Toxic Political Environment a Threat
In the meantime, the Prevention Council faces the challenge of surviving what Rigby describes as the “polarized political dynamic surrounding all aspects of the Affordable Care Act.” Opponents of the health reform law have taken aim at the Prevention Council and at the Prevention and Public Health Fund (the Prevention Fund) intended to support prevention efforts, often using harsh rhetoric. Opponents have dismissed the effort as “social engineering,” and called the Prevention Fund, a “health care slush fund,” Rigby says. She notes that such “criticisms tap long-standing ideological tensions between liberals and conservatives that could undermine support for the Prevention Council.”
Moreover, the ongoing budget fights in Washington could have an impact on funding. In 2011, the House of Representatives voted to eliminate the Prevention Fund, altogether. The White House promised a veto, and the bill eventually died in the Senate. However, as part of ongoing deficit-cutting efforts, the President has since proposed scaling back the Fund. Given budget pressures and Washington’s ongoing political polarization, funding is at best insecure.
Still, the Prevention Council and the Prevention Fund together mark an important turning point, Rigby says. Despite the funding insecurity, she expects the effort will move forward “because it’s so central to the effort to get health care costs under control, and because it funds a lot of programs that are very popular and important in local areas, where the politics are maybe not so intense.”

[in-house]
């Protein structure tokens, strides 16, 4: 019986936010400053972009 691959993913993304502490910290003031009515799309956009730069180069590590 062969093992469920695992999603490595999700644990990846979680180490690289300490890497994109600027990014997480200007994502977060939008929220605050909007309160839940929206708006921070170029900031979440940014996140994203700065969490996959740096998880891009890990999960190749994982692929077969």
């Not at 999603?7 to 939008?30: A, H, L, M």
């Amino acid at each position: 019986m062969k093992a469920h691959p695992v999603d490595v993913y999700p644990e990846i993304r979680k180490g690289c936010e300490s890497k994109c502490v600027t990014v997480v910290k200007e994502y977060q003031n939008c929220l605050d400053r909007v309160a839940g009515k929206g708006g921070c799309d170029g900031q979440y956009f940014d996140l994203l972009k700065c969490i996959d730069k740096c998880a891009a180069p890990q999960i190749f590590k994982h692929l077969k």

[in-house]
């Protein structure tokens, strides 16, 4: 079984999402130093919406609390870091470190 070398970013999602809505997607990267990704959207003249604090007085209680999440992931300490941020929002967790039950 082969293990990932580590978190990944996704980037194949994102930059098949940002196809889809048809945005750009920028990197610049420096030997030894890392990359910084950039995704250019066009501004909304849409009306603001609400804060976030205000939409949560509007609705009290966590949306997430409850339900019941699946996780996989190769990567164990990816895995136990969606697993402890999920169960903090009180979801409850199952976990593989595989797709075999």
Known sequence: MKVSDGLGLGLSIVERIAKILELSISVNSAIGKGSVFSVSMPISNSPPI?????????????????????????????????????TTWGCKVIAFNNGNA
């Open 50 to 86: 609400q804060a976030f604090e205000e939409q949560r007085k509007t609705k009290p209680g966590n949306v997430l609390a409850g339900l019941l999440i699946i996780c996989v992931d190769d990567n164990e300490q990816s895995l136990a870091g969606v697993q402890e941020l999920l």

The Robert Wood Johnson Foundation Health & Society Scholars program is based on the principle that progress in the field of population health depends upon multidisciplinary collaboration and exchange. Its goal is to improve health by training scholars to investigate rigorously the connections among biological, genetic, behavioral, environmental, economic and social determinants of health and develop interventions that integrate and act on these determinants to improve health. The program is intended to produce leaders who will change the questions asked, the methods employed to analyze problems and the range of solutions to reduce population health disparities and improve the health of all Americans.